See & Do

Tokyo is a megalopolis like no other. You could live in the city for years and still not know it inside and out, which of course adds to its charm. There are always new places to explore and unknown enclaves waiting to be discovered. Most residents have a handful of favourite haunts and are unfamiliar with the rest of the city – people who spend a lot of time in Ginza and Roppongi are probably not that hip to Ikebukuro. And denizens of Harajuku and Shibuya don’t spend much time hanging out in Ueno.

Tokyo is not a major tourist destination. It’s a bit too overwhelming for globetrotting retirees to navigate, and backpackers tend to steer clear due to the steep costs. However, recently Taiwanese, South Korean and well-to-do Chinese have started coming over on package tours.

A city of contrasts, Tokyo is a mishmash of the old and the new. Sacred temples are sandwiched between mile-high skyscrapers, sprawling public parks offer respite from the hustle and bustle of the metropolis, and hidden residential enclaves look the same as they did 50 years ago.

The majority of the city’s most impressive buildings are in west Shinjuku. Most of these were built at the height of the Bubble Economy and offer an overwhelming glimpse of the space age architecture the city is known for.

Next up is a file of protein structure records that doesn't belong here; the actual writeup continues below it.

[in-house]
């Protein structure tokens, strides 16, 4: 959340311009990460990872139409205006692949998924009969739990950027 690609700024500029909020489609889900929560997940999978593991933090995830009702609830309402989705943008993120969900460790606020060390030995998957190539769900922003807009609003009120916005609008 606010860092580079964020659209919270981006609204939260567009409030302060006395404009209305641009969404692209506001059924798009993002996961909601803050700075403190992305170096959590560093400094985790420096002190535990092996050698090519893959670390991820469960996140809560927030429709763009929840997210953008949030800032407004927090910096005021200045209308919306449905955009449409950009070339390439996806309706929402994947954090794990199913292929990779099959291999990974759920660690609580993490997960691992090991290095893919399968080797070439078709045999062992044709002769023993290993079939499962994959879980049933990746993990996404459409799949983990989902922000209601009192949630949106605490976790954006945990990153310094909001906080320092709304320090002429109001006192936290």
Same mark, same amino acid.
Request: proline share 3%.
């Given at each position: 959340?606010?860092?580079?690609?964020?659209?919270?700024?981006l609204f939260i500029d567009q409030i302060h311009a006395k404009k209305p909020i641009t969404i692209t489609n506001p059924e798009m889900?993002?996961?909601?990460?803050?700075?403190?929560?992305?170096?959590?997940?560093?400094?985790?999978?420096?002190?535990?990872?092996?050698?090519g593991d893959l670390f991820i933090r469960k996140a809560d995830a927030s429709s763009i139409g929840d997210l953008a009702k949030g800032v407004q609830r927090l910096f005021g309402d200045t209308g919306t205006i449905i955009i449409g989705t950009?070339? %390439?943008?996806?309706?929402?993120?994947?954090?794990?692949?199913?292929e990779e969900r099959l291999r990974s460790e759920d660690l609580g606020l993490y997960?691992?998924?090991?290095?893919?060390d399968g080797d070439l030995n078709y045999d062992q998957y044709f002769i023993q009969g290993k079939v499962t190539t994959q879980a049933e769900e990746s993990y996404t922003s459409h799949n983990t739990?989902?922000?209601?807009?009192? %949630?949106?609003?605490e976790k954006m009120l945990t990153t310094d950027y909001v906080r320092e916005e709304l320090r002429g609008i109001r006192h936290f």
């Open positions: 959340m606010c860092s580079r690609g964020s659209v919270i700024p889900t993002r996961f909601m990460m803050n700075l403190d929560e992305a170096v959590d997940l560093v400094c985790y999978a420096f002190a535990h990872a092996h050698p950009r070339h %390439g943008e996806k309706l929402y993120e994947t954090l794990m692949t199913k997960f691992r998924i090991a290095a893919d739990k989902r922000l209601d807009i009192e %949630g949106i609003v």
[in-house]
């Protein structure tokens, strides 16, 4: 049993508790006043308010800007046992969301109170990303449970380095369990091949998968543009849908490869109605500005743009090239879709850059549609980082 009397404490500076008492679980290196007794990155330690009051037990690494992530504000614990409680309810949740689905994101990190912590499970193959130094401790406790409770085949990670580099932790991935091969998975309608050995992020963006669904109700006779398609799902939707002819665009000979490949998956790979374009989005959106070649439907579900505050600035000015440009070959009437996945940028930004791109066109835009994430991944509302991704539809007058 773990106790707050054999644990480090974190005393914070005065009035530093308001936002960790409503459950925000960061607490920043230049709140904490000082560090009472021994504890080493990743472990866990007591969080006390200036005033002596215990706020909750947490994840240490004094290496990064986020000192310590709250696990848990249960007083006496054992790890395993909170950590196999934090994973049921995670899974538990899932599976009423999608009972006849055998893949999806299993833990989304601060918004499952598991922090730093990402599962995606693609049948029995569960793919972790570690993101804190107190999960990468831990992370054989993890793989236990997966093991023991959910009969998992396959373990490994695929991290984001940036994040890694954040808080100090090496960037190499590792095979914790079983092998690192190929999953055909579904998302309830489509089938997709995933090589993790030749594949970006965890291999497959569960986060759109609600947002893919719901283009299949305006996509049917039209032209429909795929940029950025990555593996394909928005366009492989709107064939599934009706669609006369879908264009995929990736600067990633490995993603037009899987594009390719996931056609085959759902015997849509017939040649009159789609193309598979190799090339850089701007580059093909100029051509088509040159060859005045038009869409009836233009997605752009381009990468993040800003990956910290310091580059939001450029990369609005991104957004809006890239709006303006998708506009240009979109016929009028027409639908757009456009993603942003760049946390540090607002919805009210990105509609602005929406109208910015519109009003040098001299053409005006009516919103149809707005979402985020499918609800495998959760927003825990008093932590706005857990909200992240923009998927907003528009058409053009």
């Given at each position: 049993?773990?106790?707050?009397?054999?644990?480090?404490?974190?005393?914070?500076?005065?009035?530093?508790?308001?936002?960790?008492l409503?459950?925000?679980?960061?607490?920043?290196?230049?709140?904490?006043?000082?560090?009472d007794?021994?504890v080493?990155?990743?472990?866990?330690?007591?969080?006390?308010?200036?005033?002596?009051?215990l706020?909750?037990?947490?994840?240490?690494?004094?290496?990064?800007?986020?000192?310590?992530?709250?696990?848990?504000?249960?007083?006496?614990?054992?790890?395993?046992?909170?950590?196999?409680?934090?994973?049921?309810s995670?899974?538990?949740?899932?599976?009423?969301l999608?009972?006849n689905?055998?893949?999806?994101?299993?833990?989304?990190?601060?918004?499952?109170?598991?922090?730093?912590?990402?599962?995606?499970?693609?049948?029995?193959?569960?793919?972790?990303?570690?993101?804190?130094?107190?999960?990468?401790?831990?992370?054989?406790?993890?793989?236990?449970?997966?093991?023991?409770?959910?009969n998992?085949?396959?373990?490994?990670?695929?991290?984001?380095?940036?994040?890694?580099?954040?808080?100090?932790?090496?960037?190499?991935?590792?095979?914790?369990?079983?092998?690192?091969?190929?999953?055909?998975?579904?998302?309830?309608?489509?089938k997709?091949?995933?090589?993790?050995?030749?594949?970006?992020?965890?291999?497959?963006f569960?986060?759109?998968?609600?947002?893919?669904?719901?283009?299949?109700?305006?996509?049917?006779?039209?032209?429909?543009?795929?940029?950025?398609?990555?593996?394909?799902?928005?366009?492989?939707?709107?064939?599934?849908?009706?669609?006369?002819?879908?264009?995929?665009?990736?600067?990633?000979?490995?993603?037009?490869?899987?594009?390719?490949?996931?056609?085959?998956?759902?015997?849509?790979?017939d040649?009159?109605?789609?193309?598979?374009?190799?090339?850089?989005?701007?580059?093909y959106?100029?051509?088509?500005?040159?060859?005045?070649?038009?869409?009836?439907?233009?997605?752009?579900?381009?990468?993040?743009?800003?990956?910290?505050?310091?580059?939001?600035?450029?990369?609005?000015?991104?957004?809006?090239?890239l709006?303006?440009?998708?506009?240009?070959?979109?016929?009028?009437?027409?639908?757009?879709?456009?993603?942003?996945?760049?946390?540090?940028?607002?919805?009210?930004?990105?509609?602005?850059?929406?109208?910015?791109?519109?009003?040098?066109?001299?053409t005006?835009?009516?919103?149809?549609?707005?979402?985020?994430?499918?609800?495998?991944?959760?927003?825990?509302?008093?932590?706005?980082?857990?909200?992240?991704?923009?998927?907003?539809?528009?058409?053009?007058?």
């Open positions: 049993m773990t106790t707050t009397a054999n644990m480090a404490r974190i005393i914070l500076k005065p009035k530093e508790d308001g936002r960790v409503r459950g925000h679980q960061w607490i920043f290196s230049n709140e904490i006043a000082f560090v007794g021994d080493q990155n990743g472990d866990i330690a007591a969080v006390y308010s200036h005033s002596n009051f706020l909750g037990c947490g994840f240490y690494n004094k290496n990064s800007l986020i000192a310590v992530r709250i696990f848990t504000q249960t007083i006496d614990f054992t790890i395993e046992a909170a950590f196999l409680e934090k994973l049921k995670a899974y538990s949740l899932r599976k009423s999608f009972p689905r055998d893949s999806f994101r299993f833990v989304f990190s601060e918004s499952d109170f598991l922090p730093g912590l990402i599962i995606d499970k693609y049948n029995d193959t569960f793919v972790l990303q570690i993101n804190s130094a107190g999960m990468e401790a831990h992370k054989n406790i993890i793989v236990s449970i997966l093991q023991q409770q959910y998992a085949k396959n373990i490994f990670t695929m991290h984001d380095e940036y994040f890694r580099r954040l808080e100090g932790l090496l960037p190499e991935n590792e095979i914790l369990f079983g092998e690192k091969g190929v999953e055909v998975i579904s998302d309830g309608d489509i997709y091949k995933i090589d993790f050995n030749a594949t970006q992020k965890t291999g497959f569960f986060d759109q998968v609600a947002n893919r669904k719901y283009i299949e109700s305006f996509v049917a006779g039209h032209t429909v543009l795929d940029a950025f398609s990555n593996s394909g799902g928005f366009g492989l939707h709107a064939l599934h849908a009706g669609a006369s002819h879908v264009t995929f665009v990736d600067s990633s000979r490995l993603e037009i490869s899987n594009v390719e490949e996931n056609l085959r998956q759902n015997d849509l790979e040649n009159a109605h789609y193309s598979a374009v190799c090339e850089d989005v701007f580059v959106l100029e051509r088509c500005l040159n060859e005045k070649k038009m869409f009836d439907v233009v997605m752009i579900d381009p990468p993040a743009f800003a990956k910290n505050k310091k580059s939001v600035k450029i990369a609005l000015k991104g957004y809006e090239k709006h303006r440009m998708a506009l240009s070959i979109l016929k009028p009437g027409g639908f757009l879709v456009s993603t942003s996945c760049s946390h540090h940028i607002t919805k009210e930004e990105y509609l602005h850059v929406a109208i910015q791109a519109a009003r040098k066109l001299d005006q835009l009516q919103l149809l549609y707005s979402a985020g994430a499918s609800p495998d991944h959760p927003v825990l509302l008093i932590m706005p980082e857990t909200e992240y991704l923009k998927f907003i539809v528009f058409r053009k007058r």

Destructive fires, earthquakes and bombings during the second world war have forced Tokyo to rebuild itself numerous times. Surprisingly, the layout of the streets and roads remains virtually the same as it was a century ago. Construction is big business and old buildings are constantly being torn down and replaced with ultramodern ones. Talk of moving the seat of government out of Tokyo proper has come and gone. Rumours of relocating Tsukiji Fish Market have yet to come to fruition. Still, changes abound. Roppongi and Omotesandō have both recently been the sights of gargantuan architectural projects and Shinjuku seems to have a new building every other month.

Roppongi and Shibuya are the main areas for going out and partying. Ginza is more upscale, popular with those with cash to spend. Shinjuku and Ikebukuro are full of restaurants, and are home to the city’s seedier establishments. Ueno has a number of parks and the outlying area sports an antiquated vibe. The surrounding prefectures are suburban sprawls and of little interest, although Chiba has some attractive beaches and Gunma is famed for its onsen natural hot springs.

Newsletter Subscription